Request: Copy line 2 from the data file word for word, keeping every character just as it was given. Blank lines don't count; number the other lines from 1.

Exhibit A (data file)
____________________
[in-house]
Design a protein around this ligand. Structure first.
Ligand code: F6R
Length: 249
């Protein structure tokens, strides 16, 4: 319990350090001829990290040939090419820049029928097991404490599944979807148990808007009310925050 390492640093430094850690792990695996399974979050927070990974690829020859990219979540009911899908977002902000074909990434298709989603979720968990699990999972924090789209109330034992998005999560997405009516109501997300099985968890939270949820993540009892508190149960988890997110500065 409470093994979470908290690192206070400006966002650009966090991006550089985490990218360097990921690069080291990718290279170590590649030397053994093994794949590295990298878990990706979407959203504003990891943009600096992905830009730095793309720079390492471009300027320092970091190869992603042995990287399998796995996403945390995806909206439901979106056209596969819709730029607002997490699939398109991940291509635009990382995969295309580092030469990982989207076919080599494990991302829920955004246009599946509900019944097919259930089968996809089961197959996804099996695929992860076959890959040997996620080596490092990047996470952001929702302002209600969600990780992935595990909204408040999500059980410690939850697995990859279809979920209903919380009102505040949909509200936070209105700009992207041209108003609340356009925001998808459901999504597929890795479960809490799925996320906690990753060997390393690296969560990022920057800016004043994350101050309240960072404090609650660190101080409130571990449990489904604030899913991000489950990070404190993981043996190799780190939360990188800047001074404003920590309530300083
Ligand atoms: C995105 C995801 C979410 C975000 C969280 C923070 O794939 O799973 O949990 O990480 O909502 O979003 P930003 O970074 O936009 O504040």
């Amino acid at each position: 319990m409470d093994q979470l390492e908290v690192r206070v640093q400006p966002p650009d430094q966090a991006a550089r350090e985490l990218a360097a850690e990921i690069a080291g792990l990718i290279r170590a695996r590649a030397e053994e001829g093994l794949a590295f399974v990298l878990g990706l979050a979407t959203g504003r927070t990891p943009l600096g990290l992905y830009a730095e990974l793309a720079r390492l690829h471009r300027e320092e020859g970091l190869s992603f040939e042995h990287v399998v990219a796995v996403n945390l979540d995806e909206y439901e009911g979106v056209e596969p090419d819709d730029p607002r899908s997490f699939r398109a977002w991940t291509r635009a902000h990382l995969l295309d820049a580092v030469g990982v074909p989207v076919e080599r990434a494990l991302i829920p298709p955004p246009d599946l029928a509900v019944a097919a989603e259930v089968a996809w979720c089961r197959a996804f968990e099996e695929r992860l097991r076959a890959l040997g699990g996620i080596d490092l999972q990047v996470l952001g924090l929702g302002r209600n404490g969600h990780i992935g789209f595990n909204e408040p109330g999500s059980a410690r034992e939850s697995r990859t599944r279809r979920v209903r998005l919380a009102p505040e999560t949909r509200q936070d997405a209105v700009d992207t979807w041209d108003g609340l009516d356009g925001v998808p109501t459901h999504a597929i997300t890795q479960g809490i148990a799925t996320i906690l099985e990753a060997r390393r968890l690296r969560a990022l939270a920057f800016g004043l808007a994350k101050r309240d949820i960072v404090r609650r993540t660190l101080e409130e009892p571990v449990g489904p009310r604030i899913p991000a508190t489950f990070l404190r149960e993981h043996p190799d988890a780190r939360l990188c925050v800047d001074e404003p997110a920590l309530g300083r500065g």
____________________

Design a protein around this ligand. Structure first.